Daryl F. Gates' autobiography, "Chief: My Life in the LAPD" is a brisk, anecdotal story of a hot-tempered, stubborn, intelligent and unbelievably egotistical cop with an irresistible compulsion to jump into hot water. It goes a long way toward explaining the behavior of the mercurial chief, and of the department he has headed for 14 years.
This is not great literature. The writing is plain and the chief doesn't have much insight into the history of his city or its politics. To Gates, Los Angeles is a simple matter of scumbag politicians who constantly interfere with the thin blue line of cops battling untold numbers of crooks on behalf of a largely unappreciative citizenry.
Nor is there a huge amount of news in the book. Gates adds more details to his side of the Rodney King beating controversy. The tape made him sick, he reports. Sgt. Stacy Koon should have stepped in when the cops were beating King.
Too bad Gates didn't say so at the time.
Miraculously, Gates even admits some failures. "I was too combative," he says. "In retrospect, I should have been far more diplomatic, and I could have been with some of the police commissioners and politicians."
And, here it is in writing, in a book, where he can't take it back. Chief Gates is leaving. He is ready to retire. He's bored with the job. "After 14 years as chief, the challenges were gone; there wasn't anything I hadn't done," he writes. So I guess we can now safely book the hotel room for his farewell banquet.
Despite all this, "Chief," written with Diane K. Shah (for six years a sports columnist at the Herald-Examiner), is much more than I expected. I anticipated 300 or so pages of vitriolic score settling and name calling by a man who judges his success by the number of enemies he's made. Add a few war stories from the battlefield streets of Los Angeles, season it with some right-wing philosophy and that would be the book.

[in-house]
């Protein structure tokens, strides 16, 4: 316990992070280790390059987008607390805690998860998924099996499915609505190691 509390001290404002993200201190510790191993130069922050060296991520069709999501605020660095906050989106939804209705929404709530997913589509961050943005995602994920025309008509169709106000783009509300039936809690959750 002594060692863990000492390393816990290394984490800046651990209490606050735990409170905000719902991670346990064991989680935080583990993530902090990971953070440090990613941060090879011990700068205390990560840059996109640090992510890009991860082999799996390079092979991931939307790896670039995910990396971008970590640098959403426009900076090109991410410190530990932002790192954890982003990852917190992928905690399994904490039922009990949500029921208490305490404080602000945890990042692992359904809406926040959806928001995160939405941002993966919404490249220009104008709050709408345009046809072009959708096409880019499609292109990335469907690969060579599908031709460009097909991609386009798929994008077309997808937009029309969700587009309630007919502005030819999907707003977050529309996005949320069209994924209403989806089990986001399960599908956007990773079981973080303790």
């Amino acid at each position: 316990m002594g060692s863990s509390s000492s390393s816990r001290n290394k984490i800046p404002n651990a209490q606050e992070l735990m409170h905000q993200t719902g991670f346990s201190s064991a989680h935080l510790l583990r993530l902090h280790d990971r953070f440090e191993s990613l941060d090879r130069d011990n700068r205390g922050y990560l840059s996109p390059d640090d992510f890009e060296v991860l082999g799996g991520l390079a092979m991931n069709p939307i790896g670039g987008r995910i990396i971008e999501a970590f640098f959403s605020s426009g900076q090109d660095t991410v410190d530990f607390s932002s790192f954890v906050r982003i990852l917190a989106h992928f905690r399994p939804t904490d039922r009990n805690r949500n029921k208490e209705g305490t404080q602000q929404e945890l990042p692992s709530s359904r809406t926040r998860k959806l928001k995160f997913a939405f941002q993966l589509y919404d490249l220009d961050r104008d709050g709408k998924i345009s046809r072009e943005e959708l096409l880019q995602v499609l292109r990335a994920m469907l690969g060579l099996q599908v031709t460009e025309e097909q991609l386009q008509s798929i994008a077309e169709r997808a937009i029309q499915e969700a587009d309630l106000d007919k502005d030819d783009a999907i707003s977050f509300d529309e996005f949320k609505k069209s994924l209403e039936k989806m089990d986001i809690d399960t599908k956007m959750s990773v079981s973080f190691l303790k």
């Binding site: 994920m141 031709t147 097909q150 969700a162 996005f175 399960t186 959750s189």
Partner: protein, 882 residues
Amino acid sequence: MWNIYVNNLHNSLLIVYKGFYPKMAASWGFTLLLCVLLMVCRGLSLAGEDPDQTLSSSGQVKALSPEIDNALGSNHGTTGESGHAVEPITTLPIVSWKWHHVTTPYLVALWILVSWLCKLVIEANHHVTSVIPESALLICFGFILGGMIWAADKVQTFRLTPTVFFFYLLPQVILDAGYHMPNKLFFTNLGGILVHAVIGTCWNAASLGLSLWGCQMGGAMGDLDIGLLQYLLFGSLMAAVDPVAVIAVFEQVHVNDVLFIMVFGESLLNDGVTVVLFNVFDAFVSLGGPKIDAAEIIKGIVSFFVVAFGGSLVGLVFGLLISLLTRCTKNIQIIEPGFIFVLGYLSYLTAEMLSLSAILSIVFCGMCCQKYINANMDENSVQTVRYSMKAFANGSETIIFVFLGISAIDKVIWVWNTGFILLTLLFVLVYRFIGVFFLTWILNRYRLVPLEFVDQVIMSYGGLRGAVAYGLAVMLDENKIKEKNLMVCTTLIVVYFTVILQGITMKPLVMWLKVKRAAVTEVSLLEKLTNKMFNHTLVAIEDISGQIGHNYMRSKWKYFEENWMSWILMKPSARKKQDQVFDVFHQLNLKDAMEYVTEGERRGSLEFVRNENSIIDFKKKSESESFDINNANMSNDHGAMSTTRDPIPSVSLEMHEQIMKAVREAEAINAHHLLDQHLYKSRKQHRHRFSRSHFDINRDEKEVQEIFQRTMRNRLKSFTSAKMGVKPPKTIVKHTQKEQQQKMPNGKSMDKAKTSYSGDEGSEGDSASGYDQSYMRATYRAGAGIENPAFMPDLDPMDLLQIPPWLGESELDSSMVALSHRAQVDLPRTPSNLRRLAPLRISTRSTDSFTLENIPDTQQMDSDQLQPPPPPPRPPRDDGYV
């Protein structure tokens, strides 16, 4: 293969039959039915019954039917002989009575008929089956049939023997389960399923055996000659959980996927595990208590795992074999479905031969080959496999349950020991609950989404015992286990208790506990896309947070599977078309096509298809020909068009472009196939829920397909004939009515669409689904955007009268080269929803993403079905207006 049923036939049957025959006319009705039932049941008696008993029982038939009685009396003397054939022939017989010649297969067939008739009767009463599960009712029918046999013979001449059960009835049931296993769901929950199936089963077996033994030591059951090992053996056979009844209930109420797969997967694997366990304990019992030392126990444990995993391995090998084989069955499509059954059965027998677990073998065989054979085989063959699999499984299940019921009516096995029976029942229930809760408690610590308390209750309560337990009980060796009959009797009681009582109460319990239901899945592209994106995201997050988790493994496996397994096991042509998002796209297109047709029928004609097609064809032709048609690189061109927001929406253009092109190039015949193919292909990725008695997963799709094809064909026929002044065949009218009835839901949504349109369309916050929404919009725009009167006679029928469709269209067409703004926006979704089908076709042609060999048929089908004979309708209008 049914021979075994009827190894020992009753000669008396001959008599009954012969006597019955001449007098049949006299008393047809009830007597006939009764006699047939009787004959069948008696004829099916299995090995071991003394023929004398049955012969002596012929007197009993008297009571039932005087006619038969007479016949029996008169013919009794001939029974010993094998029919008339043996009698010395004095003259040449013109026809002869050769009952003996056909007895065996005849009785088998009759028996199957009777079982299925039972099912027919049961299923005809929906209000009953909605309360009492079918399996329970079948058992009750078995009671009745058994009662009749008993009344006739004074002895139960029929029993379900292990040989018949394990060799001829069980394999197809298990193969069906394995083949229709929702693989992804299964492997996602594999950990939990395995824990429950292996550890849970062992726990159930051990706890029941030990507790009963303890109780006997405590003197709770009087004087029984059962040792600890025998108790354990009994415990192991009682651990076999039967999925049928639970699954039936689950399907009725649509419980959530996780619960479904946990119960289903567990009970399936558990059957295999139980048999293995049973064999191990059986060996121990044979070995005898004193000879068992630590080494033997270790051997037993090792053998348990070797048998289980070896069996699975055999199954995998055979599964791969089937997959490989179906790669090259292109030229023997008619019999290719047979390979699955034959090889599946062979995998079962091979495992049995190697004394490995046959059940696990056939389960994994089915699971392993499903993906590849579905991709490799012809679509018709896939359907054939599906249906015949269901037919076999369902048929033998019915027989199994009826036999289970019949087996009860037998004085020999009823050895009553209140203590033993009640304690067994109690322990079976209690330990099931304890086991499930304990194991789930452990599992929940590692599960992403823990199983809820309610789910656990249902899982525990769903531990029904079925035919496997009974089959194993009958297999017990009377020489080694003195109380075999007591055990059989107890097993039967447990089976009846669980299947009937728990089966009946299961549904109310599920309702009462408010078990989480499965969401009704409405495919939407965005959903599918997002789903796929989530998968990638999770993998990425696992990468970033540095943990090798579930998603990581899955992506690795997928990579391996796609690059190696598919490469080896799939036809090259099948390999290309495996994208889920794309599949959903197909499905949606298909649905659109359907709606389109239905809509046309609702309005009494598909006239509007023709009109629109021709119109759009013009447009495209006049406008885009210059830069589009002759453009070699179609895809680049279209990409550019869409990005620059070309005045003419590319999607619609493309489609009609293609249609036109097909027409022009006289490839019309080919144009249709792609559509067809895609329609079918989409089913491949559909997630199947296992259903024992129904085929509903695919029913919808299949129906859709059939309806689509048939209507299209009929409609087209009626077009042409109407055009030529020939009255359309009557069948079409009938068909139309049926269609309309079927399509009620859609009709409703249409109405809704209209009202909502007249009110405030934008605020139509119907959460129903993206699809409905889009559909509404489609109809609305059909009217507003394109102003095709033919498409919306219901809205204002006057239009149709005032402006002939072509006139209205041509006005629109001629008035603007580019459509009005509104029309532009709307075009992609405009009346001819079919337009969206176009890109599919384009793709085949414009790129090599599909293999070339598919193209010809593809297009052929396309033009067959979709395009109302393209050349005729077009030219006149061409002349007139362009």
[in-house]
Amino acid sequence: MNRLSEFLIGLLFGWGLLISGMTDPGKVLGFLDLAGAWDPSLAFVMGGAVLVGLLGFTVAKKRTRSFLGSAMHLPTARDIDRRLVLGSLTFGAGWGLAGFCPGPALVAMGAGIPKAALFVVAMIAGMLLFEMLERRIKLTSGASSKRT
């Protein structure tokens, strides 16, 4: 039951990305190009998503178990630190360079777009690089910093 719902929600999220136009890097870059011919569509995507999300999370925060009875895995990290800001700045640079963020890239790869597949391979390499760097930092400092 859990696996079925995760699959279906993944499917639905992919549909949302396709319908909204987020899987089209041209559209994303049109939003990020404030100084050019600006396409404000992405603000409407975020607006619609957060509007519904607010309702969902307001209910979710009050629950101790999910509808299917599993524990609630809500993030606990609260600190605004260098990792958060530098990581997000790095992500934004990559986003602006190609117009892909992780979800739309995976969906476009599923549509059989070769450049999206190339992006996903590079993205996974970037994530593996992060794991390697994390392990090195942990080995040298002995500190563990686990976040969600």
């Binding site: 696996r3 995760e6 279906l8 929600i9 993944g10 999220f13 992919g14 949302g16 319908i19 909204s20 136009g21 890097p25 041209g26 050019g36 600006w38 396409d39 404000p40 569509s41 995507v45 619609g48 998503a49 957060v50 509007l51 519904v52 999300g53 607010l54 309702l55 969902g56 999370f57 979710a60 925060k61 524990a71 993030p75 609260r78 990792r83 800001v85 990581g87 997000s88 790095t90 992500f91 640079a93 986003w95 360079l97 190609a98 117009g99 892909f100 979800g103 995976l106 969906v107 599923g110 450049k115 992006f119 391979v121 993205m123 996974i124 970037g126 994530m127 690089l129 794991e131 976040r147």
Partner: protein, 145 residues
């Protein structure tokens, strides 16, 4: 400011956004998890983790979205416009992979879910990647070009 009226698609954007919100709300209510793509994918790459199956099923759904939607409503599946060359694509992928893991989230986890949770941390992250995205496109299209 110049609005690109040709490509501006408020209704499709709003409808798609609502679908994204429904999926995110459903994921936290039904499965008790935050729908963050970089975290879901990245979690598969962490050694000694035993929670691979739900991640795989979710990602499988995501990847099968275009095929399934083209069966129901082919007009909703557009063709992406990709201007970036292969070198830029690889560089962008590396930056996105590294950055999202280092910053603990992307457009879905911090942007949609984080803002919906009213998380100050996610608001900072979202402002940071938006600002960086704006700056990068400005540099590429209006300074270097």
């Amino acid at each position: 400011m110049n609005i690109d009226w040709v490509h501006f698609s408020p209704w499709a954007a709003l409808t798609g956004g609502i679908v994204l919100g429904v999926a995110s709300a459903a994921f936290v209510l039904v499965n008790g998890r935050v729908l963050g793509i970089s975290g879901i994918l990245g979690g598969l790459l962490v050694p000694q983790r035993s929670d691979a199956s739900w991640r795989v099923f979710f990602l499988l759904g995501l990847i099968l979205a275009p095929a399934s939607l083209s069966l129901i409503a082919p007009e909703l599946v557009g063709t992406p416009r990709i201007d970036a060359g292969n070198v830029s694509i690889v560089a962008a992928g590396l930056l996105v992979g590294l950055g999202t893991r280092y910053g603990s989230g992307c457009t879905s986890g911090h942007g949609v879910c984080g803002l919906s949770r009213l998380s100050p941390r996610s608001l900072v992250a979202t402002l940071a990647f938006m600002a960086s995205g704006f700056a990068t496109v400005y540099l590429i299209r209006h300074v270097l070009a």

Gates, of course, settles scores, none with more vigor than his hit on his most despised enemy, Mayor Tom Bradley. The mayor's relations with the LAPD have been strained since the 1965 Watts riots, when Bradley, a former LAPD lieutenant, accused Police Chief William H. Parker of running a racist department. Parker derided Bradley's attempt to "pin (the riots) on the police," just as the 1965 McCone Commission, appointed by Gov. Edmund (Pat) Brown, rejected calls for a civilian review board of the police and scoffed at widespread charges of police brutality.
In the following two years, though, charges similar to Bradley's were made by the U. S. Civil Rights Commission, which castigated the LAPD for insensitivity toward African-Americans, and by a team of investigators appointed by President Lyndon B. Johnson and headed by Deputy Atty. Gen. Ramsey Clark.
In words that must have given him great pleasure, Gates concludes that "in creating his own Tammany Hall, Bradley had brought to Los Angeles a rat's nest of impropriety not seen since the days of the Shaw regime of the 1930s."
There are also plenty of war stories, told with the cynical weariness of a character in a Joe Wambaugh novel. As assistant chief, Gates is called to the scene of one of the Skid Row Slasher murders: "On the drive over, I tried not to think about what awaited me. Even so, I could feel queasiness stirring in the pit of my stomach. . . . I stared at the body an extra long time; then, reluctantly my eyes traveled to his neck and . . . Aw, Jesus. Clyde Hay's head had been nearly severed from his body, the gaping slash extending from one ear to another."
What is most valuable is Gates' personal story, told here in greater detail than ever before. Read this and you begin to understand the man.